WATCH: Who Do You Take Advice From?

COACH

In today’s world, you can find guidance and advice almost anywhere – some of it free, some of it not. The question is, should you always listen to it? When it comes to the sport of powerlifting, I would advise you to be strategic about who you choose to rely on for help. In this video clip, I break down my perspective on seeking advice, who I trust with my training programming, and how to identify the right people with the knowledge and expertise you need to succeed.

It’s no secret that I’ve been around powerlifting for years. Whether competing in Strongman competitions, or simply training and lifting weights, I’ve been completely immersed in the sport for over 25 years. When you reach this level of knowledge and experience, some people assume that you just stop asking questions. Indeed, there is some validity to this. There does come a certain point in time where you have to stop asking questions, and just start doing. That being said, I ask questions all the time – even after all these years, I’m still learning new things.

I train with a number of different guys at my gym who all have backgrounds in different areas. Whether it be nutrition, psychology, other sports, or physical therapy, they have expertise in certain subject matter that I don’t have. As a result, I make a point to tap these guys for information all the time. Admittedly, they don’t always give me the correct advice. But let’s say that they give me ten pieces of advice; I know that there is at least one golden nugget hidden in there somewhere. Even if their advice doesn’t apply to me at that time, there may come a point in the future when it comes into play – either for me, or for someone that I’m training.

Beyond my training buddies in the gym, I do ask a lot of questions to certain experts that I trust. I generally stick to seeking advice only from the people who really know what they are talking about, and who also understand me and my training psyche. Needless to say, this is quite a short list. One such advisor, however, is Dave Tate – he wrote my box squat routine. This particular program was a six-month training program that could rotate into a year if needed. In the end, it really helped to skyrocket my box squat routine, and eventually helped me hit the 957-pounds that I box-squatted.

Another advisor is Matt Ladewski, who has also written programming for me, particularly with regard to the bench press. He’s given me numerous ideas on the deadlift as well, and is particularly good at customizing his advice to fit me and my training style. I relate to what he says; his ideas are always genuine and they come from actual experience. Like Dave Tate, he also has a deep understanding of me as a person, and what fuels me in the gym.


MORE: Training Advice Worth Repeating


After all these years, I’m still surprised by some of the knowledge and expertise that is accessible online. When I visit Starting Strongman on Facebook, people ask training questions in the chat forums. Suddenly, all of these people who I have never heard of provide them with amazing answers. Although this is great, let us not forget to listen to those people who have real, proven experience. Take Bryan Benzel, for instance. When he gives advice, some choose to totally disregard it – despite the fact that he’s been involved in Strongman for the last decade, and has managed to go from an amateur to World’s Strongest Man. Perhaps we should hear what he has to say to us, and learn from what he’s done to get to where he is today.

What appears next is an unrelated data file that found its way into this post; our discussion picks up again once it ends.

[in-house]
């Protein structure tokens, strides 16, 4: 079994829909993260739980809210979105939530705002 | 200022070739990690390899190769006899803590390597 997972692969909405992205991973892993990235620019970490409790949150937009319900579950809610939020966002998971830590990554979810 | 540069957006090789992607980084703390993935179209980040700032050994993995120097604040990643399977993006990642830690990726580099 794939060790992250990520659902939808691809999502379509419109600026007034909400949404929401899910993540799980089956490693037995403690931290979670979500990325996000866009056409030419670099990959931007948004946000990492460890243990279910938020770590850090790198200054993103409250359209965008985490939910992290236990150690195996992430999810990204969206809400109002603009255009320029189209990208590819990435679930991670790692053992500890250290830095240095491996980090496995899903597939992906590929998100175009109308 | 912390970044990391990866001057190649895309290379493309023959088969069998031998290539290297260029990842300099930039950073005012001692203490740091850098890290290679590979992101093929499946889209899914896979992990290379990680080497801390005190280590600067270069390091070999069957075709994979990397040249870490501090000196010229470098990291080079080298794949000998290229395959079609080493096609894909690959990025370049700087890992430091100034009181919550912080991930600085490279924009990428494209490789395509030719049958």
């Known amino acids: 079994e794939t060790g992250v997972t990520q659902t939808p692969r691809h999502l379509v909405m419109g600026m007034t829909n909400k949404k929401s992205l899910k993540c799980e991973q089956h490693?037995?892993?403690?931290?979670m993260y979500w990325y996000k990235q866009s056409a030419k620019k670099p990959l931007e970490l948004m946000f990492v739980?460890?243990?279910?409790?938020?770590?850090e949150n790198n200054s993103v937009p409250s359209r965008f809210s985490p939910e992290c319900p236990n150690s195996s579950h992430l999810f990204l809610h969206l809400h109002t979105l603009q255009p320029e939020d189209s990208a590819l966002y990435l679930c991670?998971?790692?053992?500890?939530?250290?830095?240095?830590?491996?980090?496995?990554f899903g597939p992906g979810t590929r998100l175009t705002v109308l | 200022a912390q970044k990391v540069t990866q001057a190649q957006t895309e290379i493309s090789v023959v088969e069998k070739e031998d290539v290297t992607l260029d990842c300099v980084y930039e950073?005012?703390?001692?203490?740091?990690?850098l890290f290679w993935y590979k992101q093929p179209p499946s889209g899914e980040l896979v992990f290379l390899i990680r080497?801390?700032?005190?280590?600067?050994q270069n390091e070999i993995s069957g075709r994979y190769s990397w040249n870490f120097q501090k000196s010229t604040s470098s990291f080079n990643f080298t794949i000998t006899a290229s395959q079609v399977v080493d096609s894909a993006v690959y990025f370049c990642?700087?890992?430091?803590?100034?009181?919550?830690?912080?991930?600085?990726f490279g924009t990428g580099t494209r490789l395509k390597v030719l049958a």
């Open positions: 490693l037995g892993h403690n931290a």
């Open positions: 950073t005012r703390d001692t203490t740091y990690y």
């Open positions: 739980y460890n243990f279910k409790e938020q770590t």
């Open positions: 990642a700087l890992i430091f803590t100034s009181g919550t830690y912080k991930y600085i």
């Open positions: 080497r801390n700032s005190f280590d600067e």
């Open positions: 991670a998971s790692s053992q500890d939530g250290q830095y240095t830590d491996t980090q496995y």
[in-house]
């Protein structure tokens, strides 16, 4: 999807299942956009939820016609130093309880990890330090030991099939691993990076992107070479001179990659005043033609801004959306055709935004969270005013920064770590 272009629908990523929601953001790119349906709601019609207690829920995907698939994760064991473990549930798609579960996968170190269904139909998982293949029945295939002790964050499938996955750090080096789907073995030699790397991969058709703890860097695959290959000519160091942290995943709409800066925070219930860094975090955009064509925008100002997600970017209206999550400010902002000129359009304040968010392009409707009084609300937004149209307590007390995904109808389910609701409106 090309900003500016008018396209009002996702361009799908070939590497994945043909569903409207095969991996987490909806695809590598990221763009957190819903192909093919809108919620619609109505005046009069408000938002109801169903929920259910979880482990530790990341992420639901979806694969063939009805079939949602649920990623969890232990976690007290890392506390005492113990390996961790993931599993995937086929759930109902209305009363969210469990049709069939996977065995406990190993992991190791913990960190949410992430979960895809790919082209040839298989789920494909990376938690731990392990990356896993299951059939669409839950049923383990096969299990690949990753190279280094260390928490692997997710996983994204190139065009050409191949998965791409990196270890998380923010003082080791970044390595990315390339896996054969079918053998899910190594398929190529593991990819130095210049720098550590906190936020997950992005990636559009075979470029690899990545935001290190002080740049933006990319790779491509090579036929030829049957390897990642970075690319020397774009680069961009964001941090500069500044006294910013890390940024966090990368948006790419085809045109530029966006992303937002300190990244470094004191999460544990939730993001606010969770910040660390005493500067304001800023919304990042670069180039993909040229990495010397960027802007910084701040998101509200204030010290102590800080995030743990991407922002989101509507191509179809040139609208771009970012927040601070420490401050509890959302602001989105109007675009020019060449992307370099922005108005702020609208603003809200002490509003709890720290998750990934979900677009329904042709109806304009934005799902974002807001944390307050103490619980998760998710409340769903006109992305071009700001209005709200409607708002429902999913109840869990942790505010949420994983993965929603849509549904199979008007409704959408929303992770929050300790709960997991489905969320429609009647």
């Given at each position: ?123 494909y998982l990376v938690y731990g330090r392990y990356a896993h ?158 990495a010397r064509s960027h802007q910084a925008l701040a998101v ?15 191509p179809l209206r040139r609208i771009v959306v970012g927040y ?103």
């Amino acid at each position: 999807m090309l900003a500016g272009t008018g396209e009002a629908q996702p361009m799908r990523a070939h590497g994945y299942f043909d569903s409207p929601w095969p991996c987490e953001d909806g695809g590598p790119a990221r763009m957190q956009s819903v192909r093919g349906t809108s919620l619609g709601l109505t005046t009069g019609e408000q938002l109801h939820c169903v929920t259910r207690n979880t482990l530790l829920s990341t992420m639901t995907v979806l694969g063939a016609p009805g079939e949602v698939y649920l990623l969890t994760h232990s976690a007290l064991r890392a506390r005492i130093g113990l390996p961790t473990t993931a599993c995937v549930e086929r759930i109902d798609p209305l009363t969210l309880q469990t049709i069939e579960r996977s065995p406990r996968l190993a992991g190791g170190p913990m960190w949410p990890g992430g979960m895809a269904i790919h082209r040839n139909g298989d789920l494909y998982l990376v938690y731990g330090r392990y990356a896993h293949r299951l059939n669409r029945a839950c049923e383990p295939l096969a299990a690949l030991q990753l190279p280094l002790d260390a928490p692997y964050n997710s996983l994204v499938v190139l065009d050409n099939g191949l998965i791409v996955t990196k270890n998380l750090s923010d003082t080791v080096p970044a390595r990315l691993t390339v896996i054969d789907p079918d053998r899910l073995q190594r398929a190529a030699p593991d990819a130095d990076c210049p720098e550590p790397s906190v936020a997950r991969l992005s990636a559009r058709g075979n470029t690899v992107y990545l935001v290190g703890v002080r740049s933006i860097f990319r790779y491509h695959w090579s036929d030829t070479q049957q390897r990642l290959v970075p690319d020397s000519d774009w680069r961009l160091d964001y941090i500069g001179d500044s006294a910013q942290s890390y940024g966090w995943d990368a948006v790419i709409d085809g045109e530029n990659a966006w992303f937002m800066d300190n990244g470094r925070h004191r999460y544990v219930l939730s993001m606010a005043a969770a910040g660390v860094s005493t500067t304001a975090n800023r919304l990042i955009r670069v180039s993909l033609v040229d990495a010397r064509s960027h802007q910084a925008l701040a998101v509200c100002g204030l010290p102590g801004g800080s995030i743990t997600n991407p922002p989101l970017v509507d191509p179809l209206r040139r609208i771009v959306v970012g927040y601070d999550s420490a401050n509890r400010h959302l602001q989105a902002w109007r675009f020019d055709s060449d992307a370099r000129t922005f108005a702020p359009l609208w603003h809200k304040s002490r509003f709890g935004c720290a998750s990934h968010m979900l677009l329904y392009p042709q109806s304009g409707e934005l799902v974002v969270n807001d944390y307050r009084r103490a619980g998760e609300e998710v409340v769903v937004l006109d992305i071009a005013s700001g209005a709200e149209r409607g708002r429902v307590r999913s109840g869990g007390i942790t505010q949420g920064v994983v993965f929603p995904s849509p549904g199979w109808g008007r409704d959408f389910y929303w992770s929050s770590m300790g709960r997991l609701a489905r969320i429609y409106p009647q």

Even if there are people with whom you don’t always see eye to eye, you still have to respect when someone has experience and knows what they’re doing. For me, this person is Dione Masters. Though I might not always agree with her, she is consistently Dione, and we ultimately have each other’s backs. In the past, I reached out to her when I was having issues on the log press, and she had tons of advice for me. She brought me back to the basics that I was ignoring, and I saw immediate improvements. Even though she no longer competes, she knew about me and my training, and could pass along her wealth of knowledge that she’s built up over the years. Think about all the conversations that she’s had over the course of her career with countless athletes about what’s worked and what hasn’t – she is someone that we can all learn from.

All in all, my recommendation is to avoid taking advice from people who have less than five years of experience in powerlifting. People with less experience don’t really know what they’re talking about – they might think that they do, but the truth is, they just haven’t been around the sport long enough. Seek out advisors who not only have tons of experience, but who also understand you. That’s the key to unlocking great advice that will actually work.

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